Jindalee, Alkimos and Eglinton households face possible doubling of Emergency Services Levy

Jindalee, Alkimos and Eglinton households face possible doubling of Emergency Services Levy

THE maximum annual Emergency Services Levy (ESL) could double for some north coast households in their next rates notice.

The Department of Fire and Emergency Services (DFES) is reviewing category boundaries for parts of Jindalee, Alkimos and Eglinton following the opening of Butler Fire Station in 2015 and urban expansion.

DFES corporate services executive director Frank Pasquale said the department and City of Wanneroo had discussed extending the Metropolitan Fire District to include parts of those suburbs, reclassifying them from category three to one.

“Properties within the Metropolitan Fire District are protected by a network of career fire and rescue service brigades with fulltime firefighters and SES volunteers,” he said.

“These proposed changes reflect the enhanced fire and emergency services response available to the area.”

Mr Pasquale said DFES was still evaluating the proposed changes, which the Wanneroo council had no objection to at its meeting last month.

He said the Emergency Services Minister Fran Logan would need to declare any changes for them to take effect from July 1.

In 2017-18, the minimum rate for residential properties was $75 while the maximum ranged between $75 for category five and $395 for category one.

If the change proceeds for affected households in Jindalee, Alkimos and Eglinton, the maximum levy would double from $197 in category three under the current rates.

While the minister has not yet declared the levy rates for 2018-19, a recent State Government statement said the metropolitan rate would increase by $28 and the other four regional categories would increase by between $8 and $17.

The increase, due to be announced in the 2018-19 State Budget, is proposed to fund a Rural Fire Division.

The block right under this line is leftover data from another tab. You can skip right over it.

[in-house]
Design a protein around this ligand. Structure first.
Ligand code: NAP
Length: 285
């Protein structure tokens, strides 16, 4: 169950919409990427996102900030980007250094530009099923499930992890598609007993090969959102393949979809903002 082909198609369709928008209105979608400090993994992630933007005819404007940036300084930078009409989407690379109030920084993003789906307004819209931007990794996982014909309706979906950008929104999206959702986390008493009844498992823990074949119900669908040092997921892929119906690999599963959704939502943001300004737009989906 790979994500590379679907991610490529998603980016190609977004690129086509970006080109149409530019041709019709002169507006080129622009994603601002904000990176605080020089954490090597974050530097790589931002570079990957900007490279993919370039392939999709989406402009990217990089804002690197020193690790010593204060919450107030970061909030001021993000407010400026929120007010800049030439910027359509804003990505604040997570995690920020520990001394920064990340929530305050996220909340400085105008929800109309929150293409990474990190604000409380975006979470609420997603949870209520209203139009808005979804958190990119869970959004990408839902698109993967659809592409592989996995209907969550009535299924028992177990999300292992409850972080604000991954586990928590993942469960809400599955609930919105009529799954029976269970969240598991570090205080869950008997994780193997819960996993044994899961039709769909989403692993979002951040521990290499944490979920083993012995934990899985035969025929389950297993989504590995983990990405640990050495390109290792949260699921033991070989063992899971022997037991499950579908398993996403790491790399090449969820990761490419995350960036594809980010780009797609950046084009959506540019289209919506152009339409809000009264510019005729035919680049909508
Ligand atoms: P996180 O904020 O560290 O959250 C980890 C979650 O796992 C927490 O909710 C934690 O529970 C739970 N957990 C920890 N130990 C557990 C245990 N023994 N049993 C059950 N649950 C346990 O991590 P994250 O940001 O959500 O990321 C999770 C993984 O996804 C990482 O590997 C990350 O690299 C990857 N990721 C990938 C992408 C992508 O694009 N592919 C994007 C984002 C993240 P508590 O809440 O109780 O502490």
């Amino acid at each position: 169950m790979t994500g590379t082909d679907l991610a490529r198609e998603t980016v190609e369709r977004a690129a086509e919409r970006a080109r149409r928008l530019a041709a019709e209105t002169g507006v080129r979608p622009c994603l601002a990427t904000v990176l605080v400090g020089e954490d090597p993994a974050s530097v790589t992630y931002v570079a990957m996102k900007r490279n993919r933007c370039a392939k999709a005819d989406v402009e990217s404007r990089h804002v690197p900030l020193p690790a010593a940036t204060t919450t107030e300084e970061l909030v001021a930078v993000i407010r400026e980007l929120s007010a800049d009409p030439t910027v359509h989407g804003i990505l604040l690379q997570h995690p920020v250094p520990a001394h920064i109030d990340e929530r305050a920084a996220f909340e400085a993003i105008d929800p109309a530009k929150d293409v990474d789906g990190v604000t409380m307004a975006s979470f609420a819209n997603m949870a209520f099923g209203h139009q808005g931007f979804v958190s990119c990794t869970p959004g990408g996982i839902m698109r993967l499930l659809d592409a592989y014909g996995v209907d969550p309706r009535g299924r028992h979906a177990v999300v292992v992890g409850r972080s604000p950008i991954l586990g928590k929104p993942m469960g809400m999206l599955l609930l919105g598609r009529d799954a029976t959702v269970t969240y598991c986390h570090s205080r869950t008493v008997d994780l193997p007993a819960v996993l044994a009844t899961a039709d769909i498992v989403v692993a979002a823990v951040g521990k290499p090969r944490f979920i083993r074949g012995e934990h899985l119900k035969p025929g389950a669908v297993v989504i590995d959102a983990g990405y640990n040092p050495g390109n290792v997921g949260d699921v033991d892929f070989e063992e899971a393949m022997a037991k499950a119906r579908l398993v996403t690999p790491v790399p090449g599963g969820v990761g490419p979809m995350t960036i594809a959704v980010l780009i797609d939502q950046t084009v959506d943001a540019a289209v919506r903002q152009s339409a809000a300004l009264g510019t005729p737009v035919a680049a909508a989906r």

Areas shaded red are under review for category boundaries.

Mr Pasquale said funds collected through the levy supported fire and emergency services, including career, volunteer and bush fire brigades.

It also supports SES units, volunteer marine rescue groups and aerial services used by DFES during emergencies.

“The ESL also funds volunteer training, fire investigations, building inspections, community safety programs, emergency management planning and DFES’ corporate support costs,” he said.

“ESL charges are based on the available fire and emergency services in an area, so boundary changes reflect this and ensure that ESL charges throughout the state are equitable.

“All ESL funds collected by local government are remitted to DFES and can only be spent on the delivery of fire and emergency services.”

A report to the Wanneroo council last month said the categories reflected the services available in an area, which ranged from career fire crews servicing category one to volunteer bush fire brigades servicing category five.

The council unanimously supported a staff recommendation that it had no objection to the changes, which also highlighted that Yanchep households fell into category four, where the maximum fee was $138 this year.

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